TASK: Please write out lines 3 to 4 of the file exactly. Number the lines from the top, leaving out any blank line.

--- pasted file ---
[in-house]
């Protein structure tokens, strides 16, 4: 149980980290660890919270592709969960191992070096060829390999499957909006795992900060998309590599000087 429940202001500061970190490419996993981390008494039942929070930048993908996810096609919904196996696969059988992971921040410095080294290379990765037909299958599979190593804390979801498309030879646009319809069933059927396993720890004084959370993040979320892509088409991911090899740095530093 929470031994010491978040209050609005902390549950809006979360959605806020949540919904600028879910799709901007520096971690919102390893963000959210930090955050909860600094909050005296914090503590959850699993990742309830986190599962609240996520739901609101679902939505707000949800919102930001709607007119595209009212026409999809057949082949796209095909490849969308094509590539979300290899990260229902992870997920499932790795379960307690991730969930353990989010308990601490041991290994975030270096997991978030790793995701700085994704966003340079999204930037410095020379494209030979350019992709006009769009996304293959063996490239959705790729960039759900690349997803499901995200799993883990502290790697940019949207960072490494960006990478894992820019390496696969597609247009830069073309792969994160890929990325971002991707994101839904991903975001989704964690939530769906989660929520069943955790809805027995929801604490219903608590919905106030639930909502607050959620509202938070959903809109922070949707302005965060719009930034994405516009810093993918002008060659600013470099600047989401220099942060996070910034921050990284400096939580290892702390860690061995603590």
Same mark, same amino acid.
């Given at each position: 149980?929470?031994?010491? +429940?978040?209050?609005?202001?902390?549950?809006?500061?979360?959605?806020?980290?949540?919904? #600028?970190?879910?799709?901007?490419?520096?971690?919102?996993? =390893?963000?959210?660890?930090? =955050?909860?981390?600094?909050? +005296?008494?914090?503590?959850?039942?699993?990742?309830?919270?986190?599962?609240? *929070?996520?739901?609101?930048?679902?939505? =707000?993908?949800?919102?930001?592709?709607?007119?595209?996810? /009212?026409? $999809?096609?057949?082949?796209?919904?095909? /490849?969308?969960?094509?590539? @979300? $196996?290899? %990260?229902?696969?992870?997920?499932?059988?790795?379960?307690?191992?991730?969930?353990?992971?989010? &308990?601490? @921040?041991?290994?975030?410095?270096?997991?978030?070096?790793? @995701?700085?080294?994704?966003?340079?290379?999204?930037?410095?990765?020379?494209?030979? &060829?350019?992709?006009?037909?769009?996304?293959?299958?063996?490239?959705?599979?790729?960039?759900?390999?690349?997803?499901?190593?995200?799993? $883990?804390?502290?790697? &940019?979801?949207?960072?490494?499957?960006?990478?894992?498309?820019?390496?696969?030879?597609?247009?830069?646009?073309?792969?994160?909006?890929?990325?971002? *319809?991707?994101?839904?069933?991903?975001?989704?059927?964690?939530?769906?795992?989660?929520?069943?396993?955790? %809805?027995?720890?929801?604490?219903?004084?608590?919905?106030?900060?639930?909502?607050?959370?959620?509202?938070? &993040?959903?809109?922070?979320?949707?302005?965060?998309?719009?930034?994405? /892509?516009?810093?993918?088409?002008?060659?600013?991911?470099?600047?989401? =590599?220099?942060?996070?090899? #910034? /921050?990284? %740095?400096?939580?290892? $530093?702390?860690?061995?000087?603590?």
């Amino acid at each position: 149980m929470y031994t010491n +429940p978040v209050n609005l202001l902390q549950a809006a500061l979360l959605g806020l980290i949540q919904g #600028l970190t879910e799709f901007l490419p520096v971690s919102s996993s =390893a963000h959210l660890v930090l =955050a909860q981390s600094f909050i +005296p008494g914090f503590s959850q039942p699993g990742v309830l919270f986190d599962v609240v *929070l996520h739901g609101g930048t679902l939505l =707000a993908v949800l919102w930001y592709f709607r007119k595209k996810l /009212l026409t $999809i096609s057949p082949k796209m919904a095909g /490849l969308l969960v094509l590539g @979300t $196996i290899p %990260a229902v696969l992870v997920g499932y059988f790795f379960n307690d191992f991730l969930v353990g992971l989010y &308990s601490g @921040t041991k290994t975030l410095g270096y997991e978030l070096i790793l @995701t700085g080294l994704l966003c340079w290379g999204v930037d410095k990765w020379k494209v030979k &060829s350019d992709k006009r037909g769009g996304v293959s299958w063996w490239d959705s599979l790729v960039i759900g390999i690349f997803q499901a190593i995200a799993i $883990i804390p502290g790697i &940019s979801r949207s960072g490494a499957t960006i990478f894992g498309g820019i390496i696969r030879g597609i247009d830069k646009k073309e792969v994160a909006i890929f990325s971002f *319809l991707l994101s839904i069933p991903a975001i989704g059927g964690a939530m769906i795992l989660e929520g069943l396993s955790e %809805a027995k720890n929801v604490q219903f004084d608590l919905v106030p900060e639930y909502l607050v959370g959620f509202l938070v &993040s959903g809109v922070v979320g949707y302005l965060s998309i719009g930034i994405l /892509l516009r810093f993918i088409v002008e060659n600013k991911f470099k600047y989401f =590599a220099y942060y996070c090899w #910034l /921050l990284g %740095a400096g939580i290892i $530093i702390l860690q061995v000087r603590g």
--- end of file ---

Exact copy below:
Same mark, same amino acid.
């Given at each position: 149980?929470?031994?010491? +429940?978040?209050?609005?202001?902390?549950?809006?500061?979360?959605?806020?980290?949540?919904? #600028?970190?879910?799709?901007?490419?520096?971690?919102?996993? =390893?963000?959210?660890?930090? =955050?909860?981390?600094?909050? +005296?008494?914090?503590?959850?039942?699993?990742?309830?919270?986190?599962?609240? *929070?996520?739901?609101?930048?679902?939505? =707000?993908?949800?919102?930001?592709?709607?007119?595209?996810? /009212?026409? $999809?096609?057949?082949?796209?919904?095909? /490849?969308?969960?094509?590539? @979300? $196996?290899? %990260?229902?696969?992870?997920?499932?059988?790795?379960?307690?191992?991730?969930?353990?992971?989010? &308990?601490? @921040?041991?290994?975030?410095?270096?997991?978030?070096?790793? @995701?700085?080294?994704?966003?340079?290379?999204?930037?410095?990765?020379?494209?030979? &060829?350019?992709?006009?037909?769009?996304?293959?299958?063996?490239?959705?599979?790729?960039?759900?390999?690349?997803?499901?190593?995200?799993? $883990?804390?502290?790697? &940019?979801?949207?960072?490494?499957?960006?990478?894992?498309?820019?390496?696969?030879?597609?247009?830069?646009?073309?792969?994160?909006?890929?990325?971002? *319809?991707?994101?839904?069933?991903?975001?989704?059927?964690?939530?769906?795992?989660?929520?069943?396993?955790? %809805?027995?720890?929801?604490?219903?004084?608590?919905?106030?900060?639930?909502?607050?959370?959620?509202?938070? &993040?959903?809109?922070?979320?949707?302005?965060?998309?719009?930034?994405? /892509?516009?810093?993918?088409?002008?060659?600013?991911?470099?600047?989401? =590599?220099?942060?996070?090899? #910034? /921050?990284? %740095?400096?939580?290892? $530093?702390?860690?061995?000087?603590?």